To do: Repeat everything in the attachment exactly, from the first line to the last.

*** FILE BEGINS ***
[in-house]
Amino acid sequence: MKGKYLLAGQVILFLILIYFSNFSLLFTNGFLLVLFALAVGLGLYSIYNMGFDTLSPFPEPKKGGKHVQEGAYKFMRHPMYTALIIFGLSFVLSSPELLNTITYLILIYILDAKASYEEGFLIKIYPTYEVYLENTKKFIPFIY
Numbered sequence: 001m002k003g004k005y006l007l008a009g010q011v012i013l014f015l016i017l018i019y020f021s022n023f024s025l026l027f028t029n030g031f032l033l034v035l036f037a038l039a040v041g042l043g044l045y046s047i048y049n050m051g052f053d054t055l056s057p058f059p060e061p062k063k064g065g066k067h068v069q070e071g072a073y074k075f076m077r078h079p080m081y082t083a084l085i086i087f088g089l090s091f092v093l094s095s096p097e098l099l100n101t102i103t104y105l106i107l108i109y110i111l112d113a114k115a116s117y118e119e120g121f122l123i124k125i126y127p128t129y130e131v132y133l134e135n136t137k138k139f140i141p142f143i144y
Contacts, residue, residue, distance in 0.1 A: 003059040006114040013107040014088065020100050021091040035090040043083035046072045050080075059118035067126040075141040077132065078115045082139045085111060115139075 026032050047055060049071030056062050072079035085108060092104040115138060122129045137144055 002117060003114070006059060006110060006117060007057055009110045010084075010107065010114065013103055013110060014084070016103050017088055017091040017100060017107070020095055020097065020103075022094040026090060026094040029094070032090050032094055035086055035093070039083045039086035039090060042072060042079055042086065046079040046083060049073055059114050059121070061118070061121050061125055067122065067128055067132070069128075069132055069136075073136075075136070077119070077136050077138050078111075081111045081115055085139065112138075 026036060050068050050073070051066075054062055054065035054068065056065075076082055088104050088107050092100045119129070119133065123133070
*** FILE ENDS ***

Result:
[in-house]
Amino acid sequence: MKGKYLLAGQVILFLILIYFSNFSLLFTNGFLLVLFALAVGLGLYSIYNMGFDTLSPFPEPKKGGKHVQEGAYKFMRHPMYTALIIFGLSFVLSSPELLNTITYLILIYILDAKASYEEGFLIKIYPTYEVYLENTKKFIPFIY
Numbered sequence: 001m002k003g004k005y006l007l008a009g010q011v012i013l014f015l016i017l018i019y020f021s022n023f024s025l026l027f028t029n030g031f032l033l034v035l036f037a038l039a040v041g042l043g044l045y046s047i048y049n050m051g052f053d054t055l056s057p058f059p060e061p062k063k064g065g066k067h068v069q070e071g072a073y074k075f076m077r078h079p080m081y082t083a084l085i086i087f088g089l090s091f092v093l094s095s096p097e098l099l100n101t102i103t104y105l106i107l108i109y110i111l112d113a114k115a116s117y118e119e120g121f122l123i124k125i126y127p128t129y130e131v132y133l134e135n136t137k138k139f140i141p142f143i144y
Contacts, residue, residue, distance in 0.1 A: 003059040006114040013107040014088065020100050021091040035090040043083035046072045050080075059118035067126040075141040077132065078115045082139045085111060115139075 026032050047055060049071030056062050072079035085108060092104040115138060122129045137144055 002117060003114070006059060006110060006117060007057055009110045010084075010107065010114065013103055013110060014084070016103050017088055017091040017100060017107070020095055020097065020103075022094040026090060026094040029094070032090050032094055035086055035093070039083045039086035039090060042072060042079055042086065046079040046083060049073055059114050059121070061118070061121050061125055067122065067128055067132070069128075069132055069136075073136075075136070077119070077136050077138050078111075081111045081115055085139065112138075 026036060050068050050073070051066075054062055054065035054068065056065075076082055088104050088107050092100045119129070119133065123133070